Nothing more was said about the farm or the land or the creek. There was nothing that could be said. Adam was not old enough to sell any land even if he wanted to and Moms was obviously not strong enough to make such a major decision by herself. If they were going to get a bathroom at the farm, the savings account would have to pay for it.
They talked no more of the shadows, Pops, or Mr. O’Shaughnessy. The day was good, full of mystery that fascinated Adam for the first time in months.
Adam walked back to town a few hours later with not a single present to distinguish this day from any other. He wasn’t a baby. He understood his mother had no way to shop even if she had the money to do so. If there was a God in heaven, he had not made his presence known to Adam Shoemaker.
But, there was something else. In the silence of the night air, he began to talk through his options. “That money in that bank is mine. I can spend every dollar—if I can get the information about the bank. There has to be a way. Perhaps that fellow, O’Shaughnessy, can help. I wouldn’t be asking for his money. I just need help getting at mine. So far, Shaddi has helped with powers but not hard cash. Shaddi, what do I do?” The evening wind was silent as he walked back to town.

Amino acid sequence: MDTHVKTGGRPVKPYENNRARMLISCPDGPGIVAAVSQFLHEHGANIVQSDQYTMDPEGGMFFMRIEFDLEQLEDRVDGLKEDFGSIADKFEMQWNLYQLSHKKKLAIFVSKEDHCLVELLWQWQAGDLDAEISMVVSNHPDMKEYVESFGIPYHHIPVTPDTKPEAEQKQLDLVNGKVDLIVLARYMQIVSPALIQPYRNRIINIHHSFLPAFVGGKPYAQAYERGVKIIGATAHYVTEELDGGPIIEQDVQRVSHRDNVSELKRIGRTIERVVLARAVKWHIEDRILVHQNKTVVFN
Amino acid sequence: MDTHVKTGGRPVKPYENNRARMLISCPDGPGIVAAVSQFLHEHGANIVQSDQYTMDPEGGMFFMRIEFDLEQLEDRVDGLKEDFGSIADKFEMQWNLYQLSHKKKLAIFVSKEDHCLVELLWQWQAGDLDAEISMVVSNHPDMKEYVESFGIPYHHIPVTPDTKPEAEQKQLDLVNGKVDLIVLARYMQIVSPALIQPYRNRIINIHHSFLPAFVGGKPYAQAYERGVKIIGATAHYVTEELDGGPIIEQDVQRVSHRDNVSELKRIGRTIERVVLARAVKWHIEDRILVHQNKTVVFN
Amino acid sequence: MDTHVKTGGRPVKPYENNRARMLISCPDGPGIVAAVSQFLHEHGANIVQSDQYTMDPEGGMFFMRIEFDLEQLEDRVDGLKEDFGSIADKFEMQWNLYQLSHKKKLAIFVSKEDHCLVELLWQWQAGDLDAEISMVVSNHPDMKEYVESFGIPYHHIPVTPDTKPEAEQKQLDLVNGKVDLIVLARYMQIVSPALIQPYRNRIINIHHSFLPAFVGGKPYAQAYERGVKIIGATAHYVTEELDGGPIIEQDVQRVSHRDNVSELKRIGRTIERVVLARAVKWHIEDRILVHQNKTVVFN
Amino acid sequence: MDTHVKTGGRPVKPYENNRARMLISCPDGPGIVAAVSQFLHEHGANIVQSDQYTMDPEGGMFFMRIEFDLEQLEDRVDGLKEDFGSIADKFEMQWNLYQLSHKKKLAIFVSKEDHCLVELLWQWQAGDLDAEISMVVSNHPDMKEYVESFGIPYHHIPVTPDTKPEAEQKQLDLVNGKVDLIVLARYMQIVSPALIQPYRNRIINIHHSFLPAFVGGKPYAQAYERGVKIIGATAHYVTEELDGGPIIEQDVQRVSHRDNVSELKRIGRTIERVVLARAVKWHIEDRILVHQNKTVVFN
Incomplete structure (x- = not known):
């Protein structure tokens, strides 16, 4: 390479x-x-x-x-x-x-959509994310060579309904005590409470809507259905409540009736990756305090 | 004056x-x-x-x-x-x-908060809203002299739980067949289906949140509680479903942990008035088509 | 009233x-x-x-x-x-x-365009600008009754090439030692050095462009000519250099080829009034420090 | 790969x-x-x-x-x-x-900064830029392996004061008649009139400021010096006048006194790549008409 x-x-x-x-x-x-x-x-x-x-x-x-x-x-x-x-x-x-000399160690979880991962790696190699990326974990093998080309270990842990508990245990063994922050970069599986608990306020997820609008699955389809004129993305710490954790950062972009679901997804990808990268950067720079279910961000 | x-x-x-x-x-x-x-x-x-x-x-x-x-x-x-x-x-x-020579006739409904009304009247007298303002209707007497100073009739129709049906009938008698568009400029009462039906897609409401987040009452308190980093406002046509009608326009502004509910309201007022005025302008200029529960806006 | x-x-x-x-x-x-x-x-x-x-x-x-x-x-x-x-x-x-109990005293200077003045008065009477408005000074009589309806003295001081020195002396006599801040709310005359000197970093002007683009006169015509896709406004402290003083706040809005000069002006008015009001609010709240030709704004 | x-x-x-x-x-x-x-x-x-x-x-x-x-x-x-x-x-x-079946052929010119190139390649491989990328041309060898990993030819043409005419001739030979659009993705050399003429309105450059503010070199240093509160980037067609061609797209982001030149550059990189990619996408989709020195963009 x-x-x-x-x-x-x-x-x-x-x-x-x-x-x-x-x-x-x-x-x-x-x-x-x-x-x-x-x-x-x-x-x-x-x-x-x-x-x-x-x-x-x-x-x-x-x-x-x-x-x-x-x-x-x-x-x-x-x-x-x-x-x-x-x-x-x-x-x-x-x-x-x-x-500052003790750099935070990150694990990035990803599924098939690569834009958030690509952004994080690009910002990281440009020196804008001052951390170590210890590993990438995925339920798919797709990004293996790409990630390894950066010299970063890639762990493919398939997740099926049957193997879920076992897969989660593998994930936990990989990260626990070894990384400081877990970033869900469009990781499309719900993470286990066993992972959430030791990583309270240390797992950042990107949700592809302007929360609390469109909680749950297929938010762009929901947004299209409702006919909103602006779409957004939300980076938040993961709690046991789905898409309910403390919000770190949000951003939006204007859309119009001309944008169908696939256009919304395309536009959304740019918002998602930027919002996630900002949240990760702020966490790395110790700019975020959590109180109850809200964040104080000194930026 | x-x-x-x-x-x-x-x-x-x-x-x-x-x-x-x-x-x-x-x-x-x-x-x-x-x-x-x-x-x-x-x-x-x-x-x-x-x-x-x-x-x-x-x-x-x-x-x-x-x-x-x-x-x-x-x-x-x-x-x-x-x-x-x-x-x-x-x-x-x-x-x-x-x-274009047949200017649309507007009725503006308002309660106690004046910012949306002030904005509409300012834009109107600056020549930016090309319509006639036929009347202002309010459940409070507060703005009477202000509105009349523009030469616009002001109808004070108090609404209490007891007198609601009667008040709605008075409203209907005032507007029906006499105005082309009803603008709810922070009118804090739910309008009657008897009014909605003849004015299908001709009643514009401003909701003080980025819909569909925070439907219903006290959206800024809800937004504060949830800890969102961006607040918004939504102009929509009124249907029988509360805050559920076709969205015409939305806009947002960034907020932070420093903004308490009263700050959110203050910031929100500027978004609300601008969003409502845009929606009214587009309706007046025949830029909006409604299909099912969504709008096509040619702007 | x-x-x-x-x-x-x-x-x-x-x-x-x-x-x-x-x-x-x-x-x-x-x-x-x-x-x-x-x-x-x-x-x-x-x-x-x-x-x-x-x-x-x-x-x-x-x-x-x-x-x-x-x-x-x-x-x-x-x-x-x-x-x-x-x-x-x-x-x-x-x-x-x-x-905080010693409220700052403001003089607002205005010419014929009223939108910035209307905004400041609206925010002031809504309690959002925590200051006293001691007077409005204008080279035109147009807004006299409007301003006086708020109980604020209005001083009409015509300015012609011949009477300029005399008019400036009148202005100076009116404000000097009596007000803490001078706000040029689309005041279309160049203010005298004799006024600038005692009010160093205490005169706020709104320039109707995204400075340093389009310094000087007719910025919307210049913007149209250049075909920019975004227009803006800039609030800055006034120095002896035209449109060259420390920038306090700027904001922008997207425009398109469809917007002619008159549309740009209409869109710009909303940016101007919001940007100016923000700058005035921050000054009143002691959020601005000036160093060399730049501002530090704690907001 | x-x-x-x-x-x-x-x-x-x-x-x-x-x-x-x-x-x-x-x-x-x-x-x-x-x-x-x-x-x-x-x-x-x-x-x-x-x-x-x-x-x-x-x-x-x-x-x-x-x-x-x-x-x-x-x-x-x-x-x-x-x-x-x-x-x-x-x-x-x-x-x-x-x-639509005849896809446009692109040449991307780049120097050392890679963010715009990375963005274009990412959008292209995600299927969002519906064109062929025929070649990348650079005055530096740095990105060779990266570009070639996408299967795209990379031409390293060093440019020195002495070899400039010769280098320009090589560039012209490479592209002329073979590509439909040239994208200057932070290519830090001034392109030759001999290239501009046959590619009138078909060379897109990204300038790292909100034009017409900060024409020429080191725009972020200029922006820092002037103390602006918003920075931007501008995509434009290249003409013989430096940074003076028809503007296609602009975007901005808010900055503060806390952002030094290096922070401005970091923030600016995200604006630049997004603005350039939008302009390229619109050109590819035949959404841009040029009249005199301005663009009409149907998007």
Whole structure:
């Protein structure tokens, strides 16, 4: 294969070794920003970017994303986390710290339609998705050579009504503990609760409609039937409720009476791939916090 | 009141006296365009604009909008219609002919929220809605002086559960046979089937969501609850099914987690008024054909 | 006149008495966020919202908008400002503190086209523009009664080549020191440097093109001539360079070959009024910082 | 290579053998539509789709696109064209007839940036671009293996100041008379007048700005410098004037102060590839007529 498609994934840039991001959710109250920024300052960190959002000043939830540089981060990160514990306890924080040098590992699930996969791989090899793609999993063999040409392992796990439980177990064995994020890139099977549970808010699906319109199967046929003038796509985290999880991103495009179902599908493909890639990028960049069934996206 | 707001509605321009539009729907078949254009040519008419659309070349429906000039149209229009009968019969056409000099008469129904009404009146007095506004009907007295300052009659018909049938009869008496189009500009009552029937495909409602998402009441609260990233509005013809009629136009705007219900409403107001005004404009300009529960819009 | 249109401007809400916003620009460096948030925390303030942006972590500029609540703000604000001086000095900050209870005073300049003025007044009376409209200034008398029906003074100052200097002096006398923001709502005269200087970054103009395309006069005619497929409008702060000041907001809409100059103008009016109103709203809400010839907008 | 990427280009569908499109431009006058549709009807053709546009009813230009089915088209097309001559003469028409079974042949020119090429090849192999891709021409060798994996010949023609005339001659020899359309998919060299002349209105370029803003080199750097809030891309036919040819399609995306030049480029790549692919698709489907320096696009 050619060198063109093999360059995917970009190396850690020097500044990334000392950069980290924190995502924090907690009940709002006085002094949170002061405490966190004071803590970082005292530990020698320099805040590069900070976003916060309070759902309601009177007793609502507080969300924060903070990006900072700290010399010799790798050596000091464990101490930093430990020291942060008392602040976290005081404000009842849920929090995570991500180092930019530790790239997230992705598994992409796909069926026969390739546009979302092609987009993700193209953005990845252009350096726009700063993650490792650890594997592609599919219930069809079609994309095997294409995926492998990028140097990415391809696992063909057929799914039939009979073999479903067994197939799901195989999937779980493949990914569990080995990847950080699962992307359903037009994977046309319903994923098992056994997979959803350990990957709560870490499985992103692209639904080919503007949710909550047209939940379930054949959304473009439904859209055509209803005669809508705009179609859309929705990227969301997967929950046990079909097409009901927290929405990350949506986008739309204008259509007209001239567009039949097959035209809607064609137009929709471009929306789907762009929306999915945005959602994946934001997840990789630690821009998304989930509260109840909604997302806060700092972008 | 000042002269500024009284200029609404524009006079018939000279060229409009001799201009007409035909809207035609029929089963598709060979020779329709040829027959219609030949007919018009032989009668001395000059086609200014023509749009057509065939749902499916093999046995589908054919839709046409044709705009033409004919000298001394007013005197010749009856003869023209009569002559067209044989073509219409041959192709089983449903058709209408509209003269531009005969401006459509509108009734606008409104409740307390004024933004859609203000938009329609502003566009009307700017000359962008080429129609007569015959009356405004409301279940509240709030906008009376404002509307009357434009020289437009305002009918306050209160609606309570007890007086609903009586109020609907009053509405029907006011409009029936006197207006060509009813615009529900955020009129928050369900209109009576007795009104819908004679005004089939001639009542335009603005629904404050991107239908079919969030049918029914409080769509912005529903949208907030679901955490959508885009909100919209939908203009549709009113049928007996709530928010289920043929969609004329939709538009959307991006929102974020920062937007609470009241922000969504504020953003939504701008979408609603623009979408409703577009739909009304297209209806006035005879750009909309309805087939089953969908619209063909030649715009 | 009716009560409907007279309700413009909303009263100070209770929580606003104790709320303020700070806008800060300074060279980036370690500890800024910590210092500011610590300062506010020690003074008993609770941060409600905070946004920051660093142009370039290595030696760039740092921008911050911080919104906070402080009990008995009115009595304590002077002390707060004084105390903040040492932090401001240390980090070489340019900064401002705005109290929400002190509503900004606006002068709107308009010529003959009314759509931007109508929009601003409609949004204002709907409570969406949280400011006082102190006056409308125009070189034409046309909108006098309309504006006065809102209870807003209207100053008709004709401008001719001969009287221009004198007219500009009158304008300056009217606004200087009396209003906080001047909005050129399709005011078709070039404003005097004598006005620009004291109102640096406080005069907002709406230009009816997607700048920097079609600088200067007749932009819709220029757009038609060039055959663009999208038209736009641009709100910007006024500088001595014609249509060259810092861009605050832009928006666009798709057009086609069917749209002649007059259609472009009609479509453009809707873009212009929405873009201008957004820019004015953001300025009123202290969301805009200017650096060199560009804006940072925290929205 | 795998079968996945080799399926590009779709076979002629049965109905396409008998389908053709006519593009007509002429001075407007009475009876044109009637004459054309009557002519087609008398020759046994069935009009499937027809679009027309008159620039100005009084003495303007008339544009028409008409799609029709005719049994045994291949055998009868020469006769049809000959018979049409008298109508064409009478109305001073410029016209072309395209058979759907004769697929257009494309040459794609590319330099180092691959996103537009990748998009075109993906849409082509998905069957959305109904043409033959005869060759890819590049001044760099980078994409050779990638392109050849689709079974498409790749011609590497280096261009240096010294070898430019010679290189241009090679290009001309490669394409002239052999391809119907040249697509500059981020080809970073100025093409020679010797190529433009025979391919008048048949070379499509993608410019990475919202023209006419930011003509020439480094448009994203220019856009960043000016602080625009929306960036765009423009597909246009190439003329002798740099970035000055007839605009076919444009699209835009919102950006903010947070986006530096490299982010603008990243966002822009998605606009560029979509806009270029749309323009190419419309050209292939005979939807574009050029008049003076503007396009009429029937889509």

Along with the fear and doubt, hope began to stir within Adam. There was money, his own money, somewhere. He felt the pride of work and accomplishment. How long would the good feelings last? They rose and fell like the road that stretched out before him. Somehow, everything was different. Was it really true? Was an artist’s heart buried beneath all the rubble of his life? Could it really be? Had life taken a turn toward hope and future and goals. Adam continued his walk into town while the sun warmed his face in the icy blue winter sky.
Back in town, a young boy called from a front yard lit with multicolored Christmas lights. “Hi Adam.” Then the boy mimicked a jump shot and called out, “Are you going to play in the next game too?”